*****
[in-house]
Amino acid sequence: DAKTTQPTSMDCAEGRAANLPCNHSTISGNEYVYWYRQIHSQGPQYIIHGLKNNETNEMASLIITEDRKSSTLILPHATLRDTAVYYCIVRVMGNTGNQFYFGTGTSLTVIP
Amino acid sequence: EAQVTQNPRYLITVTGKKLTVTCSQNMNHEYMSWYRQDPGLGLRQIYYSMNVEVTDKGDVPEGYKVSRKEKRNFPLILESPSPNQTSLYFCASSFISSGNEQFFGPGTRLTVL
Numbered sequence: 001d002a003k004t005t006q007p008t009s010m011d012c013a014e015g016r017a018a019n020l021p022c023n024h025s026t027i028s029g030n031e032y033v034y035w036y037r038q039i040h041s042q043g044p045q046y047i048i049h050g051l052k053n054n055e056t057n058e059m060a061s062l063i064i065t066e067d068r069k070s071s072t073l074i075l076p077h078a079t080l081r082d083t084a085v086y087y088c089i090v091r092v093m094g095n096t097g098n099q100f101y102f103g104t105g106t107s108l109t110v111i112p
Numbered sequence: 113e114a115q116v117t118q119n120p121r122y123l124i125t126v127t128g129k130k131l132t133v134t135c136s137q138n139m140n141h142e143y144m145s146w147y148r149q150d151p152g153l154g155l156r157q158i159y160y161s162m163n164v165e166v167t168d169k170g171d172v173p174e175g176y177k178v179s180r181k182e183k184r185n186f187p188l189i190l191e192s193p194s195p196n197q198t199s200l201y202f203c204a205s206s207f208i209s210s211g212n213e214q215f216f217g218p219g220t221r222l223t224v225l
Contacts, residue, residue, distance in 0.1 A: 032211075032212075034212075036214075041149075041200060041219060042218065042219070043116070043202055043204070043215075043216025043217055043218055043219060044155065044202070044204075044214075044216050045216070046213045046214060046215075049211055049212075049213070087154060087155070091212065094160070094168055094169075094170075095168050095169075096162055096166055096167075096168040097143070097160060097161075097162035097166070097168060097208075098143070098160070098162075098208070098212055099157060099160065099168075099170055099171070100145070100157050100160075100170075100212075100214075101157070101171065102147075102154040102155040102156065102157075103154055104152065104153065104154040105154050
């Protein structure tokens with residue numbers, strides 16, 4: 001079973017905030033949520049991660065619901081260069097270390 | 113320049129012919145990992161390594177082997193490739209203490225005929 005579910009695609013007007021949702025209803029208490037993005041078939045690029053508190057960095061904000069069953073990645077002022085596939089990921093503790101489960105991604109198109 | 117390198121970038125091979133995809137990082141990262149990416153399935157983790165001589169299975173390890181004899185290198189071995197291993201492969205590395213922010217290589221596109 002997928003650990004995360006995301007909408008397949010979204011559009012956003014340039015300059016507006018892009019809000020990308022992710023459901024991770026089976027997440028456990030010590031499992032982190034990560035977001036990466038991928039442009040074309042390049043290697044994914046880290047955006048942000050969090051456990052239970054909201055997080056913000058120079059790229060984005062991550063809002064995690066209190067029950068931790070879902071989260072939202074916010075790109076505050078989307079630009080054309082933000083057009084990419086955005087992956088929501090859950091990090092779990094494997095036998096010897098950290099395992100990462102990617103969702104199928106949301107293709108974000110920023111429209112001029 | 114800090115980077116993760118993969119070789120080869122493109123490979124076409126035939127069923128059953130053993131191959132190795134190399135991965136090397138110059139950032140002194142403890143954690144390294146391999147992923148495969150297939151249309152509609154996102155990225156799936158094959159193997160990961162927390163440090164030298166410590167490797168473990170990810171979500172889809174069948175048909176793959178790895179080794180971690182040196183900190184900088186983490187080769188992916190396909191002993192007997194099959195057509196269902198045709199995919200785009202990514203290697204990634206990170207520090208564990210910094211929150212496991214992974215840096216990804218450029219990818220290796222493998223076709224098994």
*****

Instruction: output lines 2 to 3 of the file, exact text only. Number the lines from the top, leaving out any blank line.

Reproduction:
Amino acid sequence: DAKTTQPTSMDCAEGRAANLPCNHSTISGNEYVYWYRQIHSQGPQYIIHGLKNNETNEMASLIITEDRKSSTLILPHATLRDTAVYYCIVRVMGNTGNQFYFGTGTSLTVIP
Amino acid sequence: EAQVTQNPRYLITVTGKKLTVTCSQNMNHEYMSWYRQDPGLGLRQIYYSMNVEVTDKGDVPEGYKVSRKEKRNFPLILESPSPNQTSLYFCASSFISSGNEQFFGPGTRLTVL